YORKTON - In Canada it has always been about winning when it comes to international hockey. It is bring home the gold, or a cloud of failure will hang over your efforts.
So when you flash back to 2002, it was the time of a decades long drought in terms of a gold medal in men’s hockey at the Winter Olympics. It had been a half century since Canada had last captured gold – 1952 in Oslo.
Some of the drought was perhaps self-inflicted as Canada stayed home because it could not play its NHL stars, some was abject failure as was the case in when Canada couldn’t even muster a bronze, losing to Finland 3-2 and finishing fourth even with an NHL-loaded squad.
So the pressure was on as the Canadian team headed to Salt Lake City for another try at recapturing past glories for Canada.
And the team was loaded with talent as Tim Wharnsby pointed out in his book Gold: How Gretzky’s Men Ended Canada’s 50-Year Olympic Hockey Drought from Triumph Books.
“The 23 played a combined 26,710 regular season games in the NHL, as well as another 2,416 in the Stanley Cup playoffs. (Ed) Belfour, (Martin) Brodeur and (Curtis) Joseph combined for 1,629 regular season wins and 356 more in the postseason . . .There were 19 Hockey Hall of Famers – 14 on Canada as well as Chelios, Hull, Leach, Modano and Phil Housley on the American side.”
Still, it didn’t start well, losing to Sweden 5-2, the sort of limping to a 3-2 win over Germany, and a 3-3 tie with the Czech Republic ahead of the medal run.
But, then the magic began, and it is the run to the final, and the long-coveted gold medal which is looked back on now two decades later by author Tim Wharnsby in his fine book.
“I classify this team as the forgotten team,” said Wharnsby in a recent Yorkton This Week interview.
In spite of ending a 50-year drought the victory simply doesn’t hold the same mystic as the iconic Paul Henderson moment in 1972, nor a Sidney Crosby golden goal in 2010 in Vancouver, but Wharnsby said it was a significant win.
“There was 50-years of pent up frustration,” he said, a frustration made perhaps keener by the disappointing performance of Canada’s NHL players in 1998.
“This was a real down period in Canadian hockey,” he said, adding even the junior program, perennially in the mix for gold were in a drought which lasted from 1998 to 2005.
In 2002, the adversity of a slow start, and a country hungry for gold or nothing, certainly put pressure on the team too.
But, the team never succumbed to it.
“This was a unique cast of characters,” said Wharnsby.
While it was led by notable superstars such as Mario Lemieux, Steve Yzerman and Joe Sakic, it also included some unlikely heroes; Eric Lindros and Michael Peca selected in spite of sitting out for long periods ahead of the Games over contract disputes, and Theoren Fleury back after an issue with drugs.
“There was more (to the story) than we witnessed in games,” said Wharnsby.
A big part of the story was the vast amount of leadership in the dressing room, so much so that head coach, the late Pat Quinn, often left motivation to his players.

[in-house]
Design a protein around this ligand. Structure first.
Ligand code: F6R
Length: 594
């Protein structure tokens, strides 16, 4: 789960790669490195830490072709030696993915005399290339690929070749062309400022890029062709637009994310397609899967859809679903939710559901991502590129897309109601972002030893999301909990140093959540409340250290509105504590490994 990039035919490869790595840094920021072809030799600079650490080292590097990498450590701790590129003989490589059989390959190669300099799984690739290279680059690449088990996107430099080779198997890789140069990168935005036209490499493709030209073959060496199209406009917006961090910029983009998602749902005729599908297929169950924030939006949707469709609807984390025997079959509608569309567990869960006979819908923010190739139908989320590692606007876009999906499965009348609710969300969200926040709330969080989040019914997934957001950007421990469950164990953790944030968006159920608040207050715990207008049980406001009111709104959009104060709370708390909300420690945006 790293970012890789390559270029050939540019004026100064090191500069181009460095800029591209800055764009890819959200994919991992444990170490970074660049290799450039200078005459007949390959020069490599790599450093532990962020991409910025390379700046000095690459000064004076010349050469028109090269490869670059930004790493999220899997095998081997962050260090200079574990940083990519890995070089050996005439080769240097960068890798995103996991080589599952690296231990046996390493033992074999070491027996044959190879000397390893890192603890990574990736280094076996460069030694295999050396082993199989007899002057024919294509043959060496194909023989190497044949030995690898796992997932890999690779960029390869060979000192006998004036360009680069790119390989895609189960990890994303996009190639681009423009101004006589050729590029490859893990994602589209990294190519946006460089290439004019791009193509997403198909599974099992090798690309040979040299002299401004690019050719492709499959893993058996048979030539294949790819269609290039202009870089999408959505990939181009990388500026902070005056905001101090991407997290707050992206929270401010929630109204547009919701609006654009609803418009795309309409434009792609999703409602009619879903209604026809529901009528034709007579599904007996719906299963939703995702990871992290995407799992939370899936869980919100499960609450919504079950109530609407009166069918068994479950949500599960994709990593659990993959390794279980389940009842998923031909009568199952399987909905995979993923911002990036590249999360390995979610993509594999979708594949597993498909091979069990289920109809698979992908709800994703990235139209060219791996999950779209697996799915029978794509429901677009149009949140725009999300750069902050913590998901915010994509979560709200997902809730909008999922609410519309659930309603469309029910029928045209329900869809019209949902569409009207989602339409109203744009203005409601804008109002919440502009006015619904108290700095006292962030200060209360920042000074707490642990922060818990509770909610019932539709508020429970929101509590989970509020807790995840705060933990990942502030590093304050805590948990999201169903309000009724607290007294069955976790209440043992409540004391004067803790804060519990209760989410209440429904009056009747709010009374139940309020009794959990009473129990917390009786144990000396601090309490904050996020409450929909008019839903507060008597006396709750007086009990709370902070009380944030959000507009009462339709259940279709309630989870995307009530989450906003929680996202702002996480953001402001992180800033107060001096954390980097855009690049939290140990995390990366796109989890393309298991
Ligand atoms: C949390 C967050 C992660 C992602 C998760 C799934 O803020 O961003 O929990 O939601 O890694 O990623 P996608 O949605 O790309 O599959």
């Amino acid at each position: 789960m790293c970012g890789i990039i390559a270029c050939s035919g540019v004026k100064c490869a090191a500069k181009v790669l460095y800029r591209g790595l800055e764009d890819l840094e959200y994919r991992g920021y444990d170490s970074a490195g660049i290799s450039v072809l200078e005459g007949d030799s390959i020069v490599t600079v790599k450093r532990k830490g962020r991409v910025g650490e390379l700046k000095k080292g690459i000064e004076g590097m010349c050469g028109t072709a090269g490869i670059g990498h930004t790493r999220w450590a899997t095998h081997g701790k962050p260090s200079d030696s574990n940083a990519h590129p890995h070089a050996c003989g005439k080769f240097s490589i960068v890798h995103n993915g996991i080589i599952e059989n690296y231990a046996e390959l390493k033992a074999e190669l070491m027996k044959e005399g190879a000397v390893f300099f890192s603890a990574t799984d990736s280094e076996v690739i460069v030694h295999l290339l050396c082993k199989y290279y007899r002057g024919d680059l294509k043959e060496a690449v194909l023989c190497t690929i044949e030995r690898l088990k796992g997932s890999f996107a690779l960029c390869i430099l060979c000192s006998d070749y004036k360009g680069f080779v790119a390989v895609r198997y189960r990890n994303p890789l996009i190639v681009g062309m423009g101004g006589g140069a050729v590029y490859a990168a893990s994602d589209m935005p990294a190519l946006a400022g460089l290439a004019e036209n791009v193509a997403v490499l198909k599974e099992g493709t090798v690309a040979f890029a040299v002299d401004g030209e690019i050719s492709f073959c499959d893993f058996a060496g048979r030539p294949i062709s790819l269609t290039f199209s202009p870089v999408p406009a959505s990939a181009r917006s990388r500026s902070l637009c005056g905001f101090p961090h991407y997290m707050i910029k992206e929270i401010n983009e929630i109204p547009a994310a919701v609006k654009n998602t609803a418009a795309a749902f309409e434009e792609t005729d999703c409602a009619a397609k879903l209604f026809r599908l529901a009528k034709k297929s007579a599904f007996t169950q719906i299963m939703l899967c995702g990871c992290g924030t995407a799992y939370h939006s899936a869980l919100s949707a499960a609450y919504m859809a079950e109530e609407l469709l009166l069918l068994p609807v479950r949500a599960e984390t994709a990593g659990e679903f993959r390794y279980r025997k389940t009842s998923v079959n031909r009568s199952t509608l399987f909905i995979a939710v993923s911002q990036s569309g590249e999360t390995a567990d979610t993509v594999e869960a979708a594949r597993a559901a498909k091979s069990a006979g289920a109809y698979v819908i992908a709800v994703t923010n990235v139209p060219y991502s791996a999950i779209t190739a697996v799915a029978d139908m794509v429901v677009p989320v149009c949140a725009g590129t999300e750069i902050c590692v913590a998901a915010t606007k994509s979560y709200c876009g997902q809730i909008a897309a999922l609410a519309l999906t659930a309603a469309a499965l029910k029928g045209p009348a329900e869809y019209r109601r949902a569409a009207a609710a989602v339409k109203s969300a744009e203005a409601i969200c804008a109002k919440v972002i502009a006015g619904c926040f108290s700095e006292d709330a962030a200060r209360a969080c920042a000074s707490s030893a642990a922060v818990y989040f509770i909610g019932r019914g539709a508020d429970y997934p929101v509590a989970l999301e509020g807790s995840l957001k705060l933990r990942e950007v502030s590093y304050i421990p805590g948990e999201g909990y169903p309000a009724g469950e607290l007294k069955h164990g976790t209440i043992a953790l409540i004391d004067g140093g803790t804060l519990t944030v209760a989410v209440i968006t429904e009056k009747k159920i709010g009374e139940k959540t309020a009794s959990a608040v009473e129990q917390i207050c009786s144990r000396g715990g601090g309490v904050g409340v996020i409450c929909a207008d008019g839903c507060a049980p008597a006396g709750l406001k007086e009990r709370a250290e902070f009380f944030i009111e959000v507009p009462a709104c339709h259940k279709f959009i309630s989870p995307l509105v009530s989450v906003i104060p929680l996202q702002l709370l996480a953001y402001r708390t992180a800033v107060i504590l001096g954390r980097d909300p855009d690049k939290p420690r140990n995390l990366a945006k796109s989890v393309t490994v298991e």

“He (Quinn), let the players sort of coach themselves,” said Wharnsby.
Part of Quinn’s motivation to his players came from the Canadian women’s gold medal-winning hockey team.
“Canadian head coach Pat Quinn was particularly moved by what the women accomplished,” writes Wharnsby. “He made his way down to the Canadian women’s bench after the game with tears in his eyes, saying, “They never lost their poise. It was a magnificent victory.”
““It’s one of my favourite moments from that Olympics in Salt Lake City, to see him in tears,” Wickenheiser recalled. “He told me later that the women inspired the men.””
That didn’t mean a gold looked likely, especially after the lacklustre opening round.
“What would make you believe they could put together three awesome games in the medal round?” asked Wharnsby.
But they did make the gold medal game.
“The date of the game was not lost on the Canadian players,” writes Wharnsby. “It was 50 years to the day that Canada had last won gold in the men’s hockey tournament. To ease the tension in the dressing room, Canadian head coach Pat Quinn opted for a straightforward message in his pregame discourse. He told his players to go out and play like women, referring to what the Canadian women’s team had accomplished three days earlier.”
And, it worked.
“The men’s hockey team successfully followed up what the women accomplished three days earlier, pushing Canada into rarified air of a triumph that had never happened before – a double gold in hockey. Finally, Gretzky, Lemieux, and Co. had ended 50 years of frustration for a hockey nation,” wrote the author.
“It was just an incredible experience,” (Theo) Fleury said. “When you grow up playing road hockey in Russell, Manitoba, and it’s minus-50, you dream about playing in the Stanley Cup Final, not playing in the Olympic gold final.”
Wharnsby, in relating one story in his interview admitted to getting goosebumps just talking about the memory, so researching the book was a pure joy for him.
“It was neat seeing what made them tick – what is was like behind the scenes,” he said.
At the time, naturally the country celebrated.
“Canadians from coast to coast were whipped into a frenzy, with impromptu celebrations on streets like Granville in Vancouver, Yonge in Toronto, Ste-Catherine in Montreal, and Portage and Main in Winnipeg,” related the preview of Gold at www.triumphbooks.com
Wharnsby said the book has been well-received as readers relive the gold.
“It’s been very positive. People like the inside stories,” he said, adding people he talks to who have read the book “relay their stories – where they were? What their memories are.”